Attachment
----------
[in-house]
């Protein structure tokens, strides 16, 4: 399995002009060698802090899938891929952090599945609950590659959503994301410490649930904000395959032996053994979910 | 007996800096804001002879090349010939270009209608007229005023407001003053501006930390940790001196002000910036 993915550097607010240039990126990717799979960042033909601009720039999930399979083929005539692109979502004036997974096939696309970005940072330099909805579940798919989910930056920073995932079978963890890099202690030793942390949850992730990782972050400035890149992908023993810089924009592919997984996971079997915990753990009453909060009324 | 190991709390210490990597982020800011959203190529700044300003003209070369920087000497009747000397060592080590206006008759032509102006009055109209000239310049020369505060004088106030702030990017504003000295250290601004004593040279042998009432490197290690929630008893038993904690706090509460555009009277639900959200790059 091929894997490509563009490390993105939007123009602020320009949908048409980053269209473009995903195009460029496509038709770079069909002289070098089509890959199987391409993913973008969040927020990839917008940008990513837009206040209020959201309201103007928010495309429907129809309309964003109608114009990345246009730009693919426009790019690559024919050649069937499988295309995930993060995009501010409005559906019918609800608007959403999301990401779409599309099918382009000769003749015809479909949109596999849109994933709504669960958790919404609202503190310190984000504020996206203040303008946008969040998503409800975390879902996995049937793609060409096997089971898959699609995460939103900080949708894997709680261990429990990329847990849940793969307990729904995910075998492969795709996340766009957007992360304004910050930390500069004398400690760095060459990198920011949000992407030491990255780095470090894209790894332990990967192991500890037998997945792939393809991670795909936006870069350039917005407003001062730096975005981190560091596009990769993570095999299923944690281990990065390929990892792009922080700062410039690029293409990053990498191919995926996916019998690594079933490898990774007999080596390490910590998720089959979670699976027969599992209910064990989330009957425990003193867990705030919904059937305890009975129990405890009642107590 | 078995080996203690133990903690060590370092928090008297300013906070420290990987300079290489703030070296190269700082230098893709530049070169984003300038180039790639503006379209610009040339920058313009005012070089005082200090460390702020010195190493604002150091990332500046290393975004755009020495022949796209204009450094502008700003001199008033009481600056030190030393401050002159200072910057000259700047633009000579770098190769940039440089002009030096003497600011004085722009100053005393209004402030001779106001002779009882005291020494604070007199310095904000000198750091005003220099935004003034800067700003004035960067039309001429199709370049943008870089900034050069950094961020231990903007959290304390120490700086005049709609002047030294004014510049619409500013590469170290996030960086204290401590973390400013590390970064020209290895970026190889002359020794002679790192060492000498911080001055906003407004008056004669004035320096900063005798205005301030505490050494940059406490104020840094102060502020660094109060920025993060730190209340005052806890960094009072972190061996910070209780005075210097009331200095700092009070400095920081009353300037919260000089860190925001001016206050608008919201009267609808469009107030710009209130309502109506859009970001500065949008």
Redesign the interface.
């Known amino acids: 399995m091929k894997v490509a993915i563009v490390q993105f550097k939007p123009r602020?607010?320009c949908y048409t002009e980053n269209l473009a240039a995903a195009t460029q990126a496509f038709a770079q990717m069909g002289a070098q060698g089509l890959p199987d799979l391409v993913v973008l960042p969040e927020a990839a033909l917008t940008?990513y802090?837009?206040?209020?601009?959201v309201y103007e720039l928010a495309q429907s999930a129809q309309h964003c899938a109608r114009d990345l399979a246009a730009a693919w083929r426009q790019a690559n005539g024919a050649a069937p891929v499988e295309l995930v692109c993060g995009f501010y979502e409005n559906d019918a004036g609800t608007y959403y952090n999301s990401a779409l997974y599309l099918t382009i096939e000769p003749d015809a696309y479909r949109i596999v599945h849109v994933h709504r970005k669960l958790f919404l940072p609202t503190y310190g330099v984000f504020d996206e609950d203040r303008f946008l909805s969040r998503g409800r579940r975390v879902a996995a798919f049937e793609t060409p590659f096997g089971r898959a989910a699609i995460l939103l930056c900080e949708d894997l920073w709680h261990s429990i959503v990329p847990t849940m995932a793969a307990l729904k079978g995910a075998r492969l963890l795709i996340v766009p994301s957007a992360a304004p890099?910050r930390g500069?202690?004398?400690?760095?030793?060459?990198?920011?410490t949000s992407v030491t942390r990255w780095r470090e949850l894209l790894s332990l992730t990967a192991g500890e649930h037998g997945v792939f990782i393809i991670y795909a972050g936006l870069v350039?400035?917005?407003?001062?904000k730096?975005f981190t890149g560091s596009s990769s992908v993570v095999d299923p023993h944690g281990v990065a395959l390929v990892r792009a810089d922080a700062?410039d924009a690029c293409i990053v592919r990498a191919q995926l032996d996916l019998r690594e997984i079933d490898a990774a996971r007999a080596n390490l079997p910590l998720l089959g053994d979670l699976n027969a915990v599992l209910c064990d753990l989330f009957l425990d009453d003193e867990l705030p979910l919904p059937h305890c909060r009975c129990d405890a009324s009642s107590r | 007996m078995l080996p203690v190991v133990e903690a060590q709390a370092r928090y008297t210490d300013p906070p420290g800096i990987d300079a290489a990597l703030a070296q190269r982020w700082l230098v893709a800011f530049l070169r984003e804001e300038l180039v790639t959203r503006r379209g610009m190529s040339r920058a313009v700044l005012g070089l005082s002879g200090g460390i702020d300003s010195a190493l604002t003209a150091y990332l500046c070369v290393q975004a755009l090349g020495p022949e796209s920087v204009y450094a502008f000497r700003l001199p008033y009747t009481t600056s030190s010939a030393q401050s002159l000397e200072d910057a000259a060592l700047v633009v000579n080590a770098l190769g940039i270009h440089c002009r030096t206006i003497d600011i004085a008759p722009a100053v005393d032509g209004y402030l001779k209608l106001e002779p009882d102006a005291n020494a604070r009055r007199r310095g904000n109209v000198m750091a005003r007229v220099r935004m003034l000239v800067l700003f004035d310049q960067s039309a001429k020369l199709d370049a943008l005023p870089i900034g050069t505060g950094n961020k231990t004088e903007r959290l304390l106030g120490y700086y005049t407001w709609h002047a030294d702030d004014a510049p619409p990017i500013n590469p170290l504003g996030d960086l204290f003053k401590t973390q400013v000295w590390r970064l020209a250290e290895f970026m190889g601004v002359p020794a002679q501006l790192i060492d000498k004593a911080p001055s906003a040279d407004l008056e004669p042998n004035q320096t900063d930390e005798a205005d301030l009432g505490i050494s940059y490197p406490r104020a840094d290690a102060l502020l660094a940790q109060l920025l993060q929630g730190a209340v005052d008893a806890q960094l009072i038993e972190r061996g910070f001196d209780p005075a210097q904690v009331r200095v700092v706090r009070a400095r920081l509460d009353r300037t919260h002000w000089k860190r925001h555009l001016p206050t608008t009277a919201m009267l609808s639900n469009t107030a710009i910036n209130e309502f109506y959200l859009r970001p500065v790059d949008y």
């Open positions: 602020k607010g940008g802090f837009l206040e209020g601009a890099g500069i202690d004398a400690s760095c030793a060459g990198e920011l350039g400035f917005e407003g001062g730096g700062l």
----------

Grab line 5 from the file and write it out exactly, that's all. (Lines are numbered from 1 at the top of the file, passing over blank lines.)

């Open positions: 602020k607010g940008g802090f837009l206040e209020g601009a890099g500069i202690d004398a400690s760095c030793a060459g990198e920011l350039g400035f917005e407003g001062g730096g700062l």